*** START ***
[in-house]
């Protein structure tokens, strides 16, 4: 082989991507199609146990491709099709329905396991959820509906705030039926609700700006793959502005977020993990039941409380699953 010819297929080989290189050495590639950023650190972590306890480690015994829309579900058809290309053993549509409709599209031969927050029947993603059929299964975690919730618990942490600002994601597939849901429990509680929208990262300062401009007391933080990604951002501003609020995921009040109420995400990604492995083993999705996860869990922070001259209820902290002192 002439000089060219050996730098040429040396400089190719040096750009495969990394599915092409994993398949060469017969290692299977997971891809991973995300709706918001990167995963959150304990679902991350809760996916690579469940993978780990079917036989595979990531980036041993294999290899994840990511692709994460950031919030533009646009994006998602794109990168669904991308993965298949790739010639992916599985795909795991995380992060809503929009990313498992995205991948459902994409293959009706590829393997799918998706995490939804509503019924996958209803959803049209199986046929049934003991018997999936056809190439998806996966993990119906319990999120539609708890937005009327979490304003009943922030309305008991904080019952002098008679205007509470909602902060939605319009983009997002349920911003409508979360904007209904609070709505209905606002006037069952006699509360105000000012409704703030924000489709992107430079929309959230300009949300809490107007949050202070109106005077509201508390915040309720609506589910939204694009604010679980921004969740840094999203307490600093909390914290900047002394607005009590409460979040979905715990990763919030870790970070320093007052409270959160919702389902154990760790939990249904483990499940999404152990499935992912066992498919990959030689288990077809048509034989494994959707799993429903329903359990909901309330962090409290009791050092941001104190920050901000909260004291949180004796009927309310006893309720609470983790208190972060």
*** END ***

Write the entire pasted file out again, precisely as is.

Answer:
[in-house]
């Protein structure tokens, strides 16, 4: 082989991507199609146990491709099709329905396991959820509906705030039926609700700006793959502005977020993990039941409380699953 010819297929080989290189050495590639950023650190972590306890480690015994829309579900058809290309053993549509409709599209031969927050029947993603059929299964975690919730618990942490600002994601597939849901429990509680929208990262300062401009007391933080990604951002501003609020995921009040109420995400990604492995083993999705996860869990922070001259209820902290002192 002439000089060219050996730098040429040396400089190719040096750009495969990394599915092409994993398949060469017969290692299977997971891809991973995300709706918001990167995963959150304990679902991350809760996916690579469940993978780990079917036989595979990531980036041993294999290899994840990511692709994460950031919030533009646009994006998602794109990168669904991308993965298949790739010639992916599985795909795991995380992060809503929009990313498992995205991948459902994409293959009706590829393997799918998706995490939804509503019924996958209803959803049209199986046929049934003991018997999936056809190439998806996966993990119906319990999120539609708890937005009327979490304003009943922030309305008991904080019952002098008679205007509470909602902060939605319009983009997002349920911003409508979360904007209904609070709505209905606002006037069952006699509360105000000012409704703030924000489709992107430079929309959230300009949300809490107007949050202070109106005077509201508390915040309720609506589910939204694009604010679980921004969740840094999203307490600093909390914290900047002394607005009590409460979040979905715990990763919030870790970070320093007052409270959160919702389902154990760790939990249904483990499940999404152990499935992912066992498919990959030689288990077809048509034989494994959707799993429903329903359990909901309330962090409290009791050092941001104190920050901000909260004291949180004796009927309310006893309720609470983790208190972060």